Friday, April 17, 2009

Timor-Leste is Demonstrating a Commitment to Justice, Rule of Law, and Democracy

The top United Nations envoy to Timor-Leste, Atul Khare, who heads the UN Integrated Mission in Timor-Leste (UNMIT), has given a quite positive view of the situation there as it has developed over the past seven years.  He told a Timorese Ministry of Justice Workshop this week that in its seven years of independence, Timor-Leste has demonstrated its commitment to justice, rule of law, and democracy. He noted that when he first arrived in 2002, judicial institutions were dysfunctional due to a lack of trained judges, prosecutors, and public defenders.  But he said that Timorese justice personnel are increasingly taking on functions as they receive training and that access to justice has been improved with districts courts functioning outside Dili, the capital.  He also said that the prison service has improved and the country has also ratified all major international human rights instruments.  Timor-Leste also recently adopted important legislation, such as the criminal code, which is broadly in line with international standards, he said.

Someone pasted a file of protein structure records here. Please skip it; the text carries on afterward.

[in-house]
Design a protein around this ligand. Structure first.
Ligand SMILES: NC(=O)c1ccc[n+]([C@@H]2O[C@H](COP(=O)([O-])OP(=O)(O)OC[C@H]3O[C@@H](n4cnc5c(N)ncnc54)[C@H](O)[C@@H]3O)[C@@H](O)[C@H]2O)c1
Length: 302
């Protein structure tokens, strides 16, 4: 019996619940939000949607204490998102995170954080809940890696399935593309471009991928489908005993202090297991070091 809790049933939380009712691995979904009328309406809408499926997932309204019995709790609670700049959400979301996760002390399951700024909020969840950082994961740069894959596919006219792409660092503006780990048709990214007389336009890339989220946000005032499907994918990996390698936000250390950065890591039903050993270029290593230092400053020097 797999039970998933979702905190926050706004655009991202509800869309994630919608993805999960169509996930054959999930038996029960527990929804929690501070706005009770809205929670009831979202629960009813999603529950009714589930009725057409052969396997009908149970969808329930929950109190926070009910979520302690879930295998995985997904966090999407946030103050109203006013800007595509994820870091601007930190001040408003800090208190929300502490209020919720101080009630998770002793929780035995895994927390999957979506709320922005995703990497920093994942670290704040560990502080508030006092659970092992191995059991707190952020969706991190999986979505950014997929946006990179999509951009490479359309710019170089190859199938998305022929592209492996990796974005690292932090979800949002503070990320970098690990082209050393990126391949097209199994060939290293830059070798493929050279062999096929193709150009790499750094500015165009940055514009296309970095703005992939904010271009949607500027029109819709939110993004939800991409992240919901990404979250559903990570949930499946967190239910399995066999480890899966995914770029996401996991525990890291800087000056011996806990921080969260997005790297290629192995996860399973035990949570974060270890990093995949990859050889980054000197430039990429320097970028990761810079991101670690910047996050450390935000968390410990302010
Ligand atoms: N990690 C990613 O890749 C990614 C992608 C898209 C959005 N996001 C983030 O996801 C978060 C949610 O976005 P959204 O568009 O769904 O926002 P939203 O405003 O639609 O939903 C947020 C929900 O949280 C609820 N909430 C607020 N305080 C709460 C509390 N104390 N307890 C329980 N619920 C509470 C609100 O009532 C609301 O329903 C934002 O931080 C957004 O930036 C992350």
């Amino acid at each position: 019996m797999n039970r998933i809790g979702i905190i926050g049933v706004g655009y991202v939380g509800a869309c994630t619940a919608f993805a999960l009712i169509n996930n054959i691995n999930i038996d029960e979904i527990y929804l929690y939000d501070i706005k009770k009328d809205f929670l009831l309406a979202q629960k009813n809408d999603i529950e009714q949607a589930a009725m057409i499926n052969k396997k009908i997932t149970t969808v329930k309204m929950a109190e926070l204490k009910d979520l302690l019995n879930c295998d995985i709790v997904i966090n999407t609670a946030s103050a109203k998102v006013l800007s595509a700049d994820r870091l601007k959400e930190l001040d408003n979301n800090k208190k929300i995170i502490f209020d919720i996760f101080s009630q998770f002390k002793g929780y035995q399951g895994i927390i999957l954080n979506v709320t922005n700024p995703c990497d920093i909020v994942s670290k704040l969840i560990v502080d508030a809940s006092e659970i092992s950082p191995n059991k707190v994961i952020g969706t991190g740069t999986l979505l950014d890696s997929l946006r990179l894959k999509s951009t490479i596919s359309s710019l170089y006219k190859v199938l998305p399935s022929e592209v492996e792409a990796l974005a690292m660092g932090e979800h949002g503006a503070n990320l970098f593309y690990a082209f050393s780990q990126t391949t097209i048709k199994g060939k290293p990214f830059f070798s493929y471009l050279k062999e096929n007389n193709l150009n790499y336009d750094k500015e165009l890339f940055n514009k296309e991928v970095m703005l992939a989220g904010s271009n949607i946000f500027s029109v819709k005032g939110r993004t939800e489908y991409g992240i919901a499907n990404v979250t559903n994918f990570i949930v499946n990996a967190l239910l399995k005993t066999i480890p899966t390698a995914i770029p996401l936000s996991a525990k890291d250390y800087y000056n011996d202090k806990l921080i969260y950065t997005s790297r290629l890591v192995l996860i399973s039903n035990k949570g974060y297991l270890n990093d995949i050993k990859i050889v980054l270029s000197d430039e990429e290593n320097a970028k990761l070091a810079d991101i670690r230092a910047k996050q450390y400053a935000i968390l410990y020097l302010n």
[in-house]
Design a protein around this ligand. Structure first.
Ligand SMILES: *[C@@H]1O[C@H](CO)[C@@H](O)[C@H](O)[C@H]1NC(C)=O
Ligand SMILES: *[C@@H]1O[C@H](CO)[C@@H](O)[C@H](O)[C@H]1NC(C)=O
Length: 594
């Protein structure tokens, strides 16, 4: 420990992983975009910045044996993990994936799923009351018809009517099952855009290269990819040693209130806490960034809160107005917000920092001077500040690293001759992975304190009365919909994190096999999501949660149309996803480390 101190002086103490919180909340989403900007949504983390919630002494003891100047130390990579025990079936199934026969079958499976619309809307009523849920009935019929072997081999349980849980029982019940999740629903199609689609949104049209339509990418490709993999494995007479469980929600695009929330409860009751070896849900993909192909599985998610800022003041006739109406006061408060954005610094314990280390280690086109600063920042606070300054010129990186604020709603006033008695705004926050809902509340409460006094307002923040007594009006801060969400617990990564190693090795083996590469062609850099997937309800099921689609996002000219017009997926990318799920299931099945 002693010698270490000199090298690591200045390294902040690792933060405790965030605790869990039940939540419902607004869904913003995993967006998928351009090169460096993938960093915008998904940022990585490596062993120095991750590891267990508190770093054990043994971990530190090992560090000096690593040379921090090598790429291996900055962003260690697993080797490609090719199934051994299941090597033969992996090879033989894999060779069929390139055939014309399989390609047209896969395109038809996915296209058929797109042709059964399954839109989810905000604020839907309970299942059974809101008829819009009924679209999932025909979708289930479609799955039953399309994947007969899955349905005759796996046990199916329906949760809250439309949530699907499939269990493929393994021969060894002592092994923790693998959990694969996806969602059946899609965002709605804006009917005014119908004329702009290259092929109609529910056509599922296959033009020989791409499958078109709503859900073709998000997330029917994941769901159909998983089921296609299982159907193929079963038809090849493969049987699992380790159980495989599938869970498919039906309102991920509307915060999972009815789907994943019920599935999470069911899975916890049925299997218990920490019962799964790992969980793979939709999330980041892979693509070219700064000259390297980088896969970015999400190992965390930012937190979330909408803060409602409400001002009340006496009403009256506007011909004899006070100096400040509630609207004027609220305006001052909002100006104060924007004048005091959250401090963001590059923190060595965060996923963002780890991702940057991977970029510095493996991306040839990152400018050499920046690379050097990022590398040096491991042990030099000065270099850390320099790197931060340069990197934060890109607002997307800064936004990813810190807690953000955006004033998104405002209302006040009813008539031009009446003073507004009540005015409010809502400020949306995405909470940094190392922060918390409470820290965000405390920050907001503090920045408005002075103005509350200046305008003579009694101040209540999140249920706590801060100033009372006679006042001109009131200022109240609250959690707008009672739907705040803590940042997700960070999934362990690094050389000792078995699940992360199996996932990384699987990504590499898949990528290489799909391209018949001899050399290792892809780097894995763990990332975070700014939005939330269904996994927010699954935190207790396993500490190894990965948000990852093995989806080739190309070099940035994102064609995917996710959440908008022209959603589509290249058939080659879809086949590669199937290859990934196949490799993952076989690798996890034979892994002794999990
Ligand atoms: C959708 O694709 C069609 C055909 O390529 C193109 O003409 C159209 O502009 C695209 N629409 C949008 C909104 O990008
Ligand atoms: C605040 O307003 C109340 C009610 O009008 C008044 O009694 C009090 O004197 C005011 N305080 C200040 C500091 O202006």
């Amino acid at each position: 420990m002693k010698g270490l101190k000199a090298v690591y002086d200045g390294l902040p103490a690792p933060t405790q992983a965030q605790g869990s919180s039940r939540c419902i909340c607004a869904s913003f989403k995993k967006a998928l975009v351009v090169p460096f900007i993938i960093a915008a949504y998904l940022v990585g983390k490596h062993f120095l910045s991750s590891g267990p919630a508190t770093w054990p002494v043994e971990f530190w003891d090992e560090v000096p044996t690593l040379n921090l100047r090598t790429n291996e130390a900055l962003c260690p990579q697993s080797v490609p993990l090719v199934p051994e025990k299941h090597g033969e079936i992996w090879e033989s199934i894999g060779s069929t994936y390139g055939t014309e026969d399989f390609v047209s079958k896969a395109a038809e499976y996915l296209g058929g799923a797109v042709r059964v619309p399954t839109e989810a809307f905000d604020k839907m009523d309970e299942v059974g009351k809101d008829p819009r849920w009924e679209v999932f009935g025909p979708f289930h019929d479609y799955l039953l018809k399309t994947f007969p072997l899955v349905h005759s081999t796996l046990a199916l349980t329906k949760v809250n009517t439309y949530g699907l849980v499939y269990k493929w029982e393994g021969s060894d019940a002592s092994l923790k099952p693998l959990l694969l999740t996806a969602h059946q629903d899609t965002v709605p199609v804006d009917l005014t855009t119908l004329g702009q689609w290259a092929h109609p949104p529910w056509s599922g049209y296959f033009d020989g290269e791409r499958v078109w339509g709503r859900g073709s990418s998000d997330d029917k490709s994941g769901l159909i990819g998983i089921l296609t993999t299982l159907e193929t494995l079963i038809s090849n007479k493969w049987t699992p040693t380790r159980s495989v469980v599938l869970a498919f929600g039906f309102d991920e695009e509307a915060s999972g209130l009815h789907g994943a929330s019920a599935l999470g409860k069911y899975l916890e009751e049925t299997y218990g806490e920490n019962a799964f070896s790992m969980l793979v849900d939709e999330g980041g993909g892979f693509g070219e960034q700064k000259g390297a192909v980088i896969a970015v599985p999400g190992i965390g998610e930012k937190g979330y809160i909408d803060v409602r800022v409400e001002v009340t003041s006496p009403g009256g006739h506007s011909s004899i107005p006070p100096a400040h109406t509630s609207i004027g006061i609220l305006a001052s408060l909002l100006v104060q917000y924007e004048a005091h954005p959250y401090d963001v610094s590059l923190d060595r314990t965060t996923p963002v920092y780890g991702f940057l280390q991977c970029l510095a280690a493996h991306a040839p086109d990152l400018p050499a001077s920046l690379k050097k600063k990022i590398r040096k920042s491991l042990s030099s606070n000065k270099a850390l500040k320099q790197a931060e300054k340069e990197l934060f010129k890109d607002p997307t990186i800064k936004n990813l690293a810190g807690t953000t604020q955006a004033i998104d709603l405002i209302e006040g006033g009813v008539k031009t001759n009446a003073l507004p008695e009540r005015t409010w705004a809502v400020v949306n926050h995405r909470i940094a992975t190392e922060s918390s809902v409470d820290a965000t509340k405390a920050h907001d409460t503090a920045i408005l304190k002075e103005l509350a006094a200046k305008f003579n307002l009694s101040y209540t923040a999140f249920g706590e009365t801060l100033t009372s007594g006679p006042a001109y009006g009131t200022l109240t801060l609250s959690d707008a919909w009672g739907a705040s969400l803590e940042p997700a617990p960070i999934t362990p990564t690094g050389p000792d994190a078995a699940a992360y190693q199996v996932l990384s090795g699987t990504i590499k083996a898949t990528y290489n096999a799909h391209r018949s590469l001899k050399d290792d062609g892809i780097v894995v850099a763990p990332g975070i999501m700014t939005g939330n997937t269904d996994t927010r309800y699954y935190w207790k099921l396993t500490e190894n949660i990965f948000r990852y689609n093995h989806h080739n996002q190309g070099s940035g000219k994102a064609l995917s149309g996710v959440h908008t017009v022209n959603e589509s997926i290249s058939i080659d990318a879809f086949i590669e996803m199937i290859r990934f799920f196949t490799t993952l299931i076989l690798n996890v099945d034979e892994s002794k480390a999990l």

He noted that the UN family in Timor-Leste has been continuously supporting the authorities in their efforts by providing technical advice and mentoring with the  strong support of bilateral partners.  Challenges include the completion of investigations of crimes against humanity and other serious crimes committed during the violence before independence and in 2006, he said.

He also said that pending key legislation, such as the Civil Code, the law on Domestic Violence and a Juvenile Justice Law must be adopted swiftly and implemented efficiently.  There is also a need for additional human rights education and raising legal awareness, with particular emphasis on women’s rights and gender based violence, he maintained.

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For readers of this blog who would like to know more about the law in East Timor, East Timor Law and Justice Bulletin promotes global online awareness of rule of law issues in the East Timor legal system. ETLJB publishes legal information and news from East Timor daily sourced from national and international media, law and justice civil society groups, the government, parliament, court reports and the united nations mission (UNMIT). It includes a free email subscription service to the East Timor Legal News feed. A related site, the East Timor Law Journal publishes articles and analyses of law and policy issues in East Timor written by both East Timorese and international jurists. Readers are encouraged to submit articles to ETLJ for publication.

Posted by: Warren | Apr 17, 2009 4:34:40 PM

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